Objectives: The aim of this study was to assess how coronavirus disease 2019 (COVID-19) clustered across districts in South Korea and to assess whether the pattern and duration of clusters changed following the country's containment strategy.
Methods: A spatiotemporal analysis of COVID-19 daily confirmed cases by 250 districts in South Korea from January 20 to May 31, 2020, obtained from the Korea Centers for Disease Control and Prevention and each provincial website, was conducted. The global Moran's I statistic was used for spatial autocorrelation analysis, and the retrospective space-time scan statistic was used to analyze spatiotemporal clusters of COVID-19.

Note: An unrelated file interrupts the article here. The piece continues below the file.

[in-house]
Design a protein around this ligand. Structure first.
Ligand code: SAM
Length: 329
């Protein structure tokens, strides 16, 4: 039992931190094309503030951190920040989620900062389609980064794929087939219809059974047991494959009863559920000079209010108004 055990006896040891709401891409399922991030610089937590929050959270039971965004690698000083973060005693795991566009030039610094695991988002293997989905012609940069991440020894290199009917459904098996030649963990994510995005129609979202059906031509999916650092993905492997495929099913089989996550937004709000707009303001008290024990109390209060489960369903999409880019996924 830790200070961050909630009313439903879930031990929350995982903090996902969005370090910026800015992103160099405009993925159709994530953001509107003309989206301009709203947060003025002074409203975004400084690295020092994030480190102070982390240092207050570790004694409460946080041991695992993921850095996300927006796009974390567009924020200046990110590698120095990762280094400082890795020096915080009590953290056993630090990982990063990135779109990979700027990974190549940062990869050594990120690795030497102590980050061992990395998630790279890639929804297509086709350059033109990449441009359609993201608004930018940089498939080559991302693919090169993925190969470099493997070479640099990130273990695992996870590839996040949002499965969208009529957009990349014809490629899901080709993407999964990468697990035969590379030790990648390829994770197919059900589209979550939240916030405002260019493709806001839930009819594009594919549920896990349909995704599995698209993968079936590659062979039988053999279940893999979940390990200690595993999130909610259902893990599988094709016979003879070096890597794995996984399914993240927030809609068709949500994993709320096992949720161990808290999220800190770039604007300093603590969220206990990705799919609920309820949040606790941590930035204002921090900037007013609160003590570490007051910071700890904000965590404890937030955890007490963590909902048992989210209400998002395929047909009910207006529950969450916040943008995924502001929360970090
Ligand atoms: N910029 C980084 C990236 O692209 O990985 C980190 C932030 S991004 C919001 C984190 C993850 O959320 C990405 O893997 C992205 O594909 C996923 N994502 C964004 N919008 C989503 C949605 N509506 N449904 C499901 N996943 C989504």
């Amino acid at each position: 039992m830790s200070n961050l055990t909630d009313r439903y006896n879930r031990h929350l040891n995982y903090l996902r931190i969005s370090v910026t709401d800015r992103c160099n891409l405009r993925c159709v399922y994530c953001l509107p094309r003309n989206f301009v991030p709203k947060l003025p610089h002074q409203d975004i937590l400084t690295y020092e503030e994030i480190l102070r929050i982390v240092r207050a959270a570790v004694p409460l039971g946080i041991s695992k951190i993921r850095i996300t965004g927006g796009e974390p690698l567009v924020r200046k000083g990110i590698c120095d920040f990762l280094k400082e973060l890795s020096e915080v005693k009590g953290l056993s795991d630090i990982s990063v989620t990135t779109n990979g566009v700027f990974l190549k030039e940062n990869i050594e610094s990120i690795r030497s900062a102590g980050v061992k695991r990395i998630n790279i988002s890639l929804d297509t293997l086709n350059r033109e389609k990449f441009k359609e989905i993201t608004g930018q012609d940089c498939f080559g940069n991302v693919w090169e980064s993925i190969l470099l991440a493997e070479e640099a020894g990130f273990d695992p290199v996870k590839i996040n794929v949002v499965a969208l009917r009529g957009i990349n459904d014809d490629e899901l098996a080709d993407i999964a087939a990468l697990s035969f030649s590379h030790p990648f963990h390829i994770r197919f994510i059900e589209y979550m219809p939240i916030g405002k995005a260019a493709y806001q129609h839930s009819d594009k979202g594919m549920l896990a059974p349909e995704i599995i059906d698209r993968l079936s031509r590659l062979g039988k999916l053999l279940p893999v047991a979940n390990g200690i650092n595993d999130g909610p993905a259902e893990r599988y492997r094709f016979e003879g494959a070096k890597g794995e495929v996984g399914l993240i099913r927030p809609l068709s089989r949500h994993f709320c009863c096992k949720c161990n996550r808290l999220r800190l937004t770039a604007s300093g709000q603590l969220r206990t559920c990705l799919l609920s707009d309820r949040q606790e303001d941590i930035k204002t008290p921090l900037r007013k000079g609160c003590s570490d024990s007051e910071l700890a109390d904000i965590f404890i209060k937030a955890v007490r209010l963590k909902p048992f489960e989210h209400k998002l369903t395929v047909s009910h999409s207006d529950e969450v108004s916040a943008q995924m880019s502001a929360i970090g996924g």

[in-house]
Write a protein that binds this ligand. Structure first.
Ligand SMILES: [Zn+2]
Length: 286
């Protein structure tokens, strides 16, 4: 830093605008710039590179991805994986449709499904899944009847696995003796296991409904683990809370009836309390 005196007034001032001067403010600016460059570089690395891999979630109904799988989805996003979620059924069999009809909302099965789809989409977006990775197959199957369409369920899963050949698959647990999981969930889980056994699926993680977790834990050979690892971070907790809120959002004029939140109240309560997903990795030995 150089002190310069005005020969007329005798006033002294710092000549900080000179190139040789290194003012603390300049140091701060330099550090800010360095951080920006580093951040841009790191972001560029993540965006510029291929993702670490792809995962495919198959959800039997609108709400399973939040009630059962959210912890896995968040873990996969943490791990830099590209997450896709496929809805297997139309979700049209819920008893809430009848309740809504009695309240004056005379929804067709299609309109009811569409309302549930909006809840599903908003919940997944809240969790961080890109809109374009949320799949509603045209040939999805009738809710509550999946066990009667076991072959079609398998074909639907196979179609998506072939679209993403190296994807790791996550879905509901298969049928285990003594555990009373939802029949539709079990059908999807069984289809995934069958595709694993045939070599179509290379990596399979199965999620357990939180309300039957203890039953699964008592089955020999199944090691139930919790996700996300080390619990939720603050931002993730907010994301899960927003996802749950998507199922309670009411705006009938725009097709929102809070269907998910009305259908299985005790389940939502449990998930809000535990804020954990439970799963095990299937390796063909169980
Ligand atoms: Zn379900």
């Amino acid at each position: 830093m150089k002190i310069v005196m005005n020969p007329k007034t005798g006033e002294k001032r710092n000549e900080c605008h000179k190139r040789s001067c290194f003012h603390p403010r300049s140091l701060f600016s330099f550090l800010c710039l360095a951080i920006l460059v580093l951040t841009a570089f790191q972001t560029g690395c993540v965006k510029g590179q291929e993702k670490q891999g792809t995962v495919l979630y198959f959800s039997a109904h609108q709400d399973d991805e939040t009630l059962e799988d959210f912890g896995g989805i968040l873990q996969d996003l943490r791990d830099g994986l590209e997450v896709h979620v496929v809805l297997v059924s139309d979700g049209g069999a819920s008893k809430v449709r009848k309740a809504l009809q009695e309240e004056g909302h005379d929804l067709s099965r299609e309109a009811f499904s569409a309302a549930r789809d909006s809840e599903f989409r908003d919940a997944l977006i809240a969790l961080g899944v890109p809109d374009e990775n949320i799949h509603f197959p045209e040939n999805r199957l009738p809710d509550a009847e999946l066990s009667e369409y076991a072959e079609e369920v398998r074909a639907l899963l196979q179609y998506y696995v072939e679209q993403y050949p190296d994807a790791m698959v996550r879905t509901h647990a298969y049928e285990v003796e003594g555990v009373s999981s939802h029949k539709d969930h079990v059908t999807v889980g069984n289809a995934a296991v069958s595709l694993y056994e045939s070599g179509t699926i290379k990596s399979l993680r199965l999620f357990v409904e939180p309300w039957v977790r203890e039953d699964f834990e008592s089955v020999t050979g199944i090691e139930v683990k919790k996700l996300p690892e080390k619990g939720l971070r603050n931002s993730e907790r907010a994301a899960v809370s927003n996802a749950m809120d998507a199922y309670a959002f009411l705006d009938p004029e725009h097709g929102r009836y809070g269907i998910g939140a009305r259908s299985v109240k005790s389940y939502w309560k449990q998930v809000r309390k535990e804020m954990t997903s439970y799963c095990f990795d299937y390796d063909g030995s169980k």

Results: The geographical distribution showed strong spatial autocorrelation, with a global Moran's I coefficient of 0.784 (p=0.0001). Twelve statistically significant spatiotemporal clusters were identified by space-time scan statistic using a discrete Poisson model. The spatial pattern of clusters changed and the duration of clusters became shorter over time.
Conclusions: The results indicate that South Korea's containment strategy for COVID-19 was highly effective in both early detection and mitigation, with recent clusters being small in size and duration. Lessons from South Korea should spark a discussion on epidemic response.
Keywords: COVID-19; Government response; South Korea; Spatiotemporal analysis.
Copyright © 2020 The Author(s). Published by Elsevier Ltd.. All rights reserved.